The space used to be a vacant field, sandwiched between Casis Elementary School and a parking lot.
Now, thanks to diligent fundraising and an architect parent, it is a state-of-the-art outdoor classroom, where young students take lessons in every subject from math to creative writing. There is an open-air “room” with long green tables and benches, rosemary filled garden beds and a lily pad-studded pond. A small stone amphitheater nearby also serves as a large scale sun dial.
The outpouring of support that produced the classroom is a pattern in well-heeled West Austin, where community members also pooled their resources when Casis’ 60-year-old library needed new shelves — and when, down the road at O. Henry Middle School, the campus could not afford to hire the teachers it needed to maintain small class sizes after state budget cuts.
Casis raised $90,000 to install new carpeting along with the library shelves. At O. Henry, parents raised $350,000 over the past two years to finance seven new teaching positions.
There is a long history of private philanthropy in public schools. But the elimination of more than $5 billion in state funding for public education in the last legislative session has ratcheted up the pressure on parents to open their pocketbooks. And while no one argues that a local community’s support of its schools is a negative, the influx of private money concerns civil rights advocates who say it only exacerbates the existing inequities in the public school system.
The perks like smaller classes, better facilities and extra-curricular activities that private dollars offer public schools in affluent areas — and the top-notch teachers they attract — can snowball to the point where educational opportunities for their students far outnumber the ones available to those in other communities, said Jim Harrington, the director of the Texas Civil Rights Project.
“It ends up creating a de facto two-tier system,” he said.
His organization, which recently released a report highlighting what it called the “vestiges of segregation” in the Austin Independent School District, has filed a lawsuit against a West Texas school district, challenging the constitutionality of the wide variations in per-student funding at its three high school campuses. Harrington said he hoped the lawsuit would become a template for other parents around the country who are grappling with such disparities.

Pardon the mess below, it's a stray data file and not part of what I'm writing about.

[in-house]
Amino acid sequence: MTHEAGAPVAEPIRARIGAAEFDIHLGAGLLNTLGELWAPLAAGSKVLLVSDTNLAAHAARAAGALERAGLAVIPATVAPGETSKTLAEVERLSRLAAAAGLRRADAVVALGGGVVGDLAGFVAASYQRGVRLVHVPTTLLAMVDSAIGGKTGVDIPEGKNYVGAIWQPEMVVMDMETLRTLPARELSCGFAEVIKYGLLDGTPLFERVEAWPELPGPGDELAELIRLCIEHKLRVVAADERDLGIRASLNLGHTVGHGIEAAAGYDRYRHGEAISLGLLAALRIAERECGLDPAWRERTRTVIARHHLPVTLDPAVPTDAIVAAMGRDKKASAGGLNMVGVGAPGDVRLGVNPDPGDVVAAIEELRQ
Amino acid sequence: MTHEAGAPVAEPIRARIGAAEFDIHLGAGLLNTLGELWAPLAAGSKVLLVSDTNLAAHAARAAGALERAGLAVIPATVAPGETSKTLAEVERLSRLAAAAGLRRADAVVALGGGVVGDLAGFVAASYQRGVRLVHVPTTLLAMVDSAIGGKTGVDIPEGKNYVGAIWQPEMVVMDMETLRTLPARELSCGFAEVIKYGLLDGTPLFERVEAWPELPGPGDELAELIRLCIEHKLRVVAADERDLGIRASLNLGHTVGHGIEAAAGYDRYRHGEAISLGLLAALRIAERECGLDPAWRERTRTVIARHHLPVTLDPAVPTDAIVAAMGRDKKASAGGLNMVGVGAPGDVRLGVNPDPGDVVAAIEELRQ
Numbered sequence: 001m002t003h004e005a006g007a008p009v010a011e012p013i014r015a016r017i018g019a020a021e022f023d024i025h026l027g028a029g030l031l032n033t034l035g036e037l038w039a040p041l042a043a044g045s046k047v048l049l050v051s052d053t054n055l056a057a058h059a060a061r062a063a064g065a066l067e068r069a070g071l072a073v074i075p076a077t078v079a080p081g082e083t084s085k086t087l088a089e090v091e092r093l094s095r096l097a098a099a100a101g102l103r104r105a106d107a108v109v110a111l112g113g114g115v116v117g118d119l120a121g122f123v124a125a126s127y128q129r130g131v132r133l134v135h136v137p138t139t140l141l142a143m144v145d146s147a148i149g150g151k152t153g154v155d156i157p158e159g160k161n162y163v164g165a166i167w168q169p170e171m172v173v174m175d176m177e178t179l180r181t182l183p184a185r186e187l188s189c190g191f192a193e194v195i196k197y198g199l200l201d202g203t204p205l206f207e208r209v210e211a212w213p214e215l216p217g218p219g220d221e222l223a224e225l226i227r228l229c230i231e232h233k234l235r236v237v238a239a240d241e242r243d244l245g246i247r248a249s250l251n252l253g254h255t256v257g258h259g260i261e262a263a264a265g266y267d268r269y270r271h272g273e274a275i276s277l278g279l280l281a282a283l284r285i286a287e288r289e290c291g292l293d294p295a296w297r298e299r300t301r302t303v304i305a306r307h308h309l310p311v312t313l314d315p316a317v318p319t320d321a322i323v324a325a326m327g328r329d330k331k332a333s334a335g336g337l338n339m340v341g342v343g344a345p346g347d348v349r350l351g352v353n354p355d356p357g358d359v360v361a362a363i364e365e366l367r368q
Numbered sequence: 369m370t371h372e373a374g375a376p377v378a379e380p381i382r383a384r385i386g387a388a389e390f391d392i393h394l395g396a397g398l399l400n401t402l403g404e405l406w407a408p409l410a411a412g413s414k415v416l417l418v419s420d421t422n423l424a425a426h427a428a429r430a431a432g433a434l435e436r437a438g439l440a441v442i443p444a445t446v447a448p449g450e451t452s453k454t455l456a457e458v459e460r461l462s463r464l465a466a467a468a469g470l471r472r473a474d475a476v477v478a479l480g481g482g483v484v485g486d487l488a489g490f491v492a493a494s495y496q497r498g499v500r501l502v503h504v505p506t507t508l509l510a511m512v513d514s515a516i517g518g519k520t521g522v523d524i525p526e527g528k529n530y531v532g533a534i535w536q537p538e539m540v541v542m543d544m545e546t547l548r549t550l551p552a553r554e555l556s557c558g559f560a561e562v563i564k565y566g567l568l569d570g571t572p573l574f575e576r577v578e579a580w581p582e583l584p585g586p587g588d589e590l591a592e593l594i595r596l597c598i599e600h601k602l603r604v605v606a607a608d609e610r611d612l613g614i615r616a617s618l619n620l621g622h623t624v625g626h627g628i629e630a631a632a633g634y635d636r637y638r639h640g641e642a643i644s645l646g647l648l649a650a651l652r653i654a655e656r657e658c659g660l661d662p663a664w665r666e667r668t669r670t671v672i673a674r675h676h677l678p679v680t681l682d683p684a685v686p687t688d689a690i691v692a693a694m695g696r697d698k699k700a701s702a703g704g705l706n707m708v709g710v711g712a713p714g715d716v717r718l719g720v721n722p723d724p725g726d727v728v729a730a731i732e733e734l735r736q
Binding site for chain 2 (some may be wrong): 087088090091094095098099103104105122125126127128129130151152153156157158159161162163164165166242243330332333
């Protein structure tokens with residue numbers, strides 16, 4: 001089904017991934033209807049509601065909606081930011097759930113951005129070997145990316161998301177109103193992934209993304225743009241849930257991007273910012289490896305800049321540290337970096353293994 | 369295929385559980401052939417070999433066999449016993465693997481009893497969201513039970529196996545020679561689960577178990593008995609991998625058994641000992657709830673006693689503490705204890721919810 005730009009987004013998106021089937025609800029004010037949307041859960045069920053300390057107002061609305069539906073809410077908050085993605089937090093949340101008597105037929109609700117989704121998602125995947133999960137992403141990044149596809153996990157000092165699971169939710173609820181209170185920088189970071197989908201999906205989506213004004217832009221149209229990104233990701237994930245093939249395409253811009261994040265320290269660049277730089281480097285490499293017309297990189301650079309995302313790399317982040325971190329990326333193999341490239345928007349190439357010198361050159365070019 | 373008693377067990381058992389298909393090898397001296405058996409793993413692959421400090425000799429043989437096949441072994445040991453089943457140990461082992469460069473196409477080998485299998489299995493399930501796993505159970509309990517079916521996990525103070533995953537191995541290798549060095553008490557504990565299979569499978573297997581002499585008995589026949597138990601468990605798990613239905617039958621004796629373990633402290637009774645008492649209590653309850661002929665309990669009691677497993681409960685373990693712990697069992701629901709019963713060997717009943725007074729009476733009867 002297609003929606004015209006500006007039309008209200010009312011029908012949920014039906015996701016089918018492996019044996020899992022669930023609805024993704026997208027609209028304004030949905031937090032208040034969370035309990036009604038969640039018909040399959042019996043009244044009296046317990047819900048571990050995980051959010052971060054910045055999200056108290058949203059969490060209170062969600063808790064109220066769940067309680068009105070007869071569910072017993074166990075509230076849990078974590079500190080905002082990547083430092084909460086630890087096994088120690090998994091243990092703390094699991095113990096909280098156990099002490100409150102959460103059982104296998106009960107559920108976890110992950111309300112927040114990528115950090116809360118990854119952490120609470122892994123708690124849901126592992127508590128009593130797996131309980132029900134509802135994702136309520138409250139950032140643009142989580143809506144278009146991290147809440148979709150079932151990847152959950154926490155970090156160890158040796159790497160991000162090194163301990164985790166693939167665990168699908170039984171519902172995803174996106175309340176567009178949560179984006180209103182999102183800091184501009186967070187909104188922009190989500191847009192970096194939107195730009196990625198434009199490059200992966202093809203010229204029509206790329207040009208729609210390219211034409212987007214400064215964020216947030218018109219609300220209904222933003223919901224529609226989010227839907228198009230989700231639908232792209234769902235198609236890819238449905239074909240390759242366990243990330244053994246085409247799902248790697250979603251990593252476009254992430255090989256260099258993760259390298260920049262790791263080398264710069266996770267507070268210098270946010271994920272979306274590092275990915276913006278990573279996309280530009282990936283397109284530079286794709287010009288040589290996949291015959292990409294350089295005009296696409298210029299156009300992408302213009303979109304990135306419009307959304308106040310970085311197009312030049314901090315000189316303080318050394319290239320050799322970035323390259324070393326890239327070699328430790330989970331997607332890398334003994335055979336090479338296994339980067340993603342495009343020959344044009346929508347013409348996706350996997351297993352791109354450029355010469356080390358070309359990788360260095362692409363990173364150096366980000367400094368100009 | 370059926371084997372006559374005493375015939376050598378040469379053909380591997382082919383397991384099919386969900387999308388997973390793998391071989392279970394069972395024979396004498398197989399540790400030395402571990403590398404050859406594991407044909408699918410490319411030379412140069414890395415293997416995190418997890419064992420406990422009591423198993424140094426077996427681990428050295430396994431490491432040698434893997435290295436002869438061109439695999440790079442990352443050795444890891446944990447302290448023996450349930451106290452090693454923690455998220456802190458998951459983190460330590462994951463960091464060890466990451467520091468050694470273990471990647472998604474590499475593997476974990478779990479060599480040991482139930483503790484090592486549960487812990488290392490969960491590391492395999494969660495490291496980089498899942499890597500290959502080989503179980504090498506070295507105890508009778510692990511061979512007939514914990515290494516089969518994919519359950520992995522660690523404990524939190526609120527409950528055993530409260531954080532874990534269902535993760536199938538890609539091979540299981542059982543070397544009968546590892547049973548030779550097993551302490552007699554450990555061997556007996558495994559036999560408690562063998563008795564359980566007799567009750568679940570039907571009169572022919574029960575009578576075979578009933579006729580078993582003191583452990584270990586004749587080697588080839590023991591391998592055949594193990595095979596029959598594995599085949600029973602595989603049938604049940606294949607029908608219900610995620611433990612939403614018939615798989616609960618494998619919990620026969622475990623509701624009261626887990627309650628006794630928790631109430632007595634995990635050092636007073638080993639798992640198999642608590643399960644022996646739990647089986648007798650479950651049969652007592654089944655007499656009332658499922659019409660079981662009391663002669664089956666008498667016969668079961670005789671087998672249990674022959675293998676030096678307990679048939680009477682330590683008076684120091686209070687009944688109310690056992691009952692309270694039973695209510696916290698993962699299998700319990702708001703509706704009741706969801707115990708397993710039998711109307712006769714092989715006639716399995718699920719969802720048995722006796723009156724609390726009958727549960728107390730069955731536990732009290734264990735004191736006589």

Patty Martin, the principal of Casis, has a different hope: that what her school has done with the outdoor classroom will make it easier for other campuses to do the same, especially now that the design is in place and a network of willing donors has been assembled.
If that happens, it means that the community may have to export some of the talent and resources that made the project possible at Casis to other areas. Burton Baldridge, an architect and parent who designed the outdoor classroom, found an eager stable of patrons to donate the concrete, steel and lumber needed to construct it within his professional contacts.
Along with more volunteers on the weekend, in August Baldridge left his office every day at 4 p.m. to labor over the structure with a team of three others, sometimes working until late at night. Parents managed to raise about $30,000, and a local business kicked in a little bit more than that to cover the rest of the expenses. Baldridge said that figure represents just a fraction of the structure’s total value when accounting for the donated services, materials and time.
On a warm September afternoon, about 20 first-graders filed out of the classroom into the nearby gardens. Their teacher had just dispatched them with the mission of identifying solids and liquids in their surroundings. Nearly all of the children headed straight for the pond.
One boy bent over and tentatively stuck a finger in the water. Recoiling quickly, he squealed, “There’s a frog!”